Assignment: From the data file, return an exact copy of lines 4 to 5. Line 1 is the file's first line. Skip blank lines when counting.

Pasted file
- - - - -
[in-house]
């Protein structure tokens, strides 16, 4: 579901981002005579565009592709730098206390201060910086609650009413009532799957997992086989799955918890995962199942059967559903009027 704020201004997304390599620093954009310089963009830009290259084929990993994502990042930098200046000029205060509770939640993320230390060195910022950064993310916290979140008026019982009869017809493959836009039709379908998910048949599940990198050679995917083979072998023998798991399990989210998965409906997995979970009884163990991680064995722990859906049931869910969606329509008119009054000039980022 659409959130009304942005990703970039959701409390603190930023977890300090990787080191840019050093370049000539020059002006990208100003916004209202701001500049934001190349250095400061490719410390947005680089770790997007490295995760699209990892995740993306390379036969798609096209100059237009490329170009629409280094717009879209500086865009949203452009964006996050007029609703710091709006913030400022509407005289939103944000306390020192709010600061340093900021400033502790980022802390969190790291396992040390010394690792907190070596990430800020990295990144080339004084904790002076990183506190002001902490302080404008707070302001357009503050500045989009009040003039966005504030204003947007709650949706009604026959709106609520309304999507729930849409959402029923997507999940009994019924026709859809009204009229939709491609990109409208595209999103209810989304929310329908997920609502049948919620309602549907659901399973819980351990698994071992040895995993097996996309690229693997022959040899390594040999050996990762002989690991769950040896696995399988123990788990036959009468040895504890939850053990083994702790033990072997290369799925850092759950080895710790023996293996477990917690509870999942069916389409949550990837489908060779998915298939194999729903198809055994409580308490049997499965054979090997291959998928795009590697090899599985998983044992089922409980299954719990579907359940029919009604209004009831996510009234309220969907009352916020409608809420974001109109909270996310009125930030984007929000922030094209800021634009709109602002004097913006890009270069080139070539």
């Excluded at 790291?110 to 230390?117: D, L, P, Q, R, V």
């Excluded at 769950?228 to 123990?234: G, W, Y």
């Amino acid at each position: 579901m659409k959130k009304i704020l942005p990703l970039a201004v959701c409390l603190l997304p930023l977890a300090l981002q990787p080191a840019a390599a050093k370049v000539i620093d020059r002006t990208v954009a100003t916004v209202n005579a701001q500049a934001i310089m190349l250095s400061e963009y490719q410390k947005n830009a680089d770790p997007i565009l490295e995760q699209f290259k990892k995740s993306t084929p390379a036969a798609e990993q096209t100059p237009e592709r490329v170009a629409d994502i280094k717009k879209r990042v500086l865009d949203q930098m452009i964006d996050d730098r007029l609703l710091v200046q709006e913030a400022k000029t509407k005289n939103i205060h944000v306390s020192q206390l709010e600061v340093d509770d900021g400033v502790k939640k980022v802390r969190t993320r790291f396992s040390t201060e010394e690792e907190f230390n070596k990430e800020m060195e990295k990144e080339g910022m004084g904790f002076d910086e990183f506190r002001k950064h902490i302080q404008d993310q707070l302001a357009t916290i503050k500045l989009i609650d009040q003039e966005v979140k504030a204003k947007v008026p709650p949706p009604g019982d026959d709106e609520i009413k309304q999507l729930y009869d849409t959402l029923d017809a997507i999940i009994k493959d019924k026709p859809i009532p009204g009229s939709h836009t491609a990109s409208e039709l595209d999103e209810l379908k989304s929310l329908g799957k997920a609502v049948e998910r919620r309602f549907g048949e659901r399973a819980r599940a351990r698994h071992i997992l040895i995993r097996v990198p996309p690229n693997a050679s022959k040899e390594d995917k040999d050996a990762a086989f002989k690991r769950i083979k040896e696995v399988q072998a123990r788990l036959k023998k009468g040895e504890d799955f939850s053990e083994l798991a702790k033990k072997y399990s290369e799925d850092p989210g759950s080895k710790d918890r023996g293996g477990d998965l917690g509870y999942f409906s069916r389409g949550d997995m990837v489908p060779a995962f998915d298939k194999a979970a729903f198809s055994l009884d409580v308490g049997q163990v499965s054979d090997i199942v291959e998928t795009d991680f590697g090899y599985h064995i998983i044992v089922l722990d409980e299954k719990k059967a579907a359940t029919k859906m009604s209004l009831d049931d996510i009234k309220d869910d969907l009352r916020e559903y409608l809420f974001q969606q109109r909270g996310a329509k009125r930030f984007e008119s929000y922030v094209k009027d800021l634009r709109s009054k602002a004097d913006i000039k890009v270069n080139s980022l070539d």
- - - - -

């Excluded at 769950?228 to 123990?234: G, W, Y």
């Amino acid at each position: 579901m659409k959130k009304i704020l942005p990703l970039a201004v959701c409390l603190l997304p930023l977890a300090l981002q990787p080191a840019a390599a050093k370049v000539i620093d020059r002006t990208v954009a100003t916004v209202n005579a701001q500049a934001i310089m190349l250095s400061e963009y490719q410390k947005n830009a680089d770790p997007i565009l490295e995760q699209f290259k990892k995740s993306t084929p390379a036969a798609e990993q096209t100059p237009e592709r490329v170009a629409d994502i280094k717009k879209r990042v500086l865009d949203q930098m452009i964006d996050d730098r007029l609703l710091v200046q709006e913030a400022k000029t509407k005289n939103i205060h944000v306390s020192q206390l709010e600061v340093d509770d900021g400033v502790k939640k980022v802390r969190t993320r790291f396992s040390t201060e010394e690792e907190f230390n070596k990430e800020m060195e990295k990144e080339g910022m004084g904790f002076d910086e990183f506190r002001k950064h902490i302080q404008d993310q707070l302001a357009t916290i503050k500045l989009i609650d009040q003039e966005v979140k504030a204003k947007v008026p709650p949706p009604g019982d026959d709106e609520i009413k309304q999507l729930y009869d849409t959402l029923d017809a997507i999940i009994k493959d019924k026709p859809i009532p009204g009229s939709h836009t491609a990109s409208e039709l595209d999103e209810l379908k989304s929310l329908g799957k997920a609502v049948e998910r919620r309602f549907g048949e659901r399973a819980r599940a351990r698994h071992i997992l040895i995993r097996v990198p996309p690229n693997a050679s022959k040899e390594d995917k040999d050996a990762a086989f002989k690991r769950i083979k040896e696995v399988q072998a123990r788990l036959k023998k009468g040895e504890d799955f939850s053990e083994l798991a702790k033990k072997y399990s290369e799925d850092p989210g759950s080895k710790d918890r023996g293996g477990d998965l917690g509870y999942f409906s069916r389409g949550d997995m990837v489908p060779a995962f998915d298939k194999a979970a729903f198809s055994l009884d409580v308490g049997q163990v499965s054979d090997i199942v291959e998928t795009d991680f590697g090899y599985h064995i998983i044992v089922l722990d409980e299954k719990k059967a579907a359940t029919k859906m009604s209004l009831d049931d996510i009234k309220d869910d969907l009352r916020e559903y409608l809420f974001q969606q109109r909270g996310a329509k009125r930030f984007e008119s929000y922030v094209k009027d800021l634009r709109s009054k602002a004097d913006i000039k890009v270069n080139s980022l070539d």